Matt Lief Anderson
shame

shame

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Matt Lief Anderson

Debatable not relatable; the angry riposte of teenage angst.

Biography

by Derek Roberston
28 February 2017

This is how it starts. Youth and anger have always been a heady combination, and London five-piece Shame are no exception. These brash post-punks wield their instruments like weapons and turn teenage angst into venomous, pointed lyrics that are mature beyond their years. Fast becoming one of the most watched and talked about bands in the capital, thus far they’ve blazed a trail through pubs and clubs in a cloud of controversy, noise, and occasionally violence. Touring with Fat White Family might have informed their sensibilities, but don’t be fooled into thinking they’re all brawn and no brain.

 

Politics and the state of society are just one touchstone for the band; more than anything, they want to stand for something, to no longer remain passive, and they suggest you do the same. Avid supporters of the Remain campaign and London Mayor Sadiq Khan, they’ve spoken about their attempts to make their gigs “safe spaces” and how, in their eyes, disagreement is fine; as long as you leave entertained, they’ve done their job. And with tracks like the rollicking, Jack-booted anthem ‘Gold Hole’ and the arch, poised ‘Angie’, that hasn’t proved much of a problem.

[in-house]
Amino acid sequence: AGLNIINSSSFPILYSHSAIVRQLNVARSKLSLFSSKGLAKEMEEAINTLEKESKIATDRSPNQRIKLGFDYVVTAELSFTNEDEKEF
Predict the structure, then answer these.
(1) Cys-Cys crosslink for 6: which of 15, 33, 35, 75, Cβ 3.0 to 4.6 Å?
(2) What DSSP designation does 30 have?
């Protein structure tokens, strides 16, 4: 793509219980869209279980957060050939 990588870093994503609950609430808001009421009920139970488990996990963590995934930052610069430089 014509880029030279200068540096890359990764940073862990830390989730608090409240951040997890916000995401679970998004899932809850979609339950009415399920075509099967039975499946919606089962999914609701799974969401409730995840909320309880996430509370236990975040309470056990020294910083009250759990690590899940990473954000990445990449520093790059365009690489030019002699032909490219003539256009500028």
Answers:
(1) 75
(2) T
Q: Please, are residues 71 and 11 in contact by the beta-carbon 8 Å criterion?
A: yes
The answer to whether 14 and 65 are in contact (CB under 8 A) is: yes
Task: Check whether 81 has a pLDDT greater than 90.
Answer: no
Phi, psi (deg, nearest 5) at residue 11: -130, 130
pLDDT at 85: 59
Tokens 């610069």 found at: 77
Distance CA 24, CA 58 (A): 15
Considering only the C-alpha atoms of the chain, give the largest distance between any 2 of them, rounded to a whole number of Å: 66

The passion that drives them on is as obvious as it is infectious, and few bands start out as savvy. With a huge European tour announced, and more dates to come, 2017 is set to be their year; the “establishment” might see them coming, but there’s not much they’ll be able to do to stop Shame’s march to greatness.

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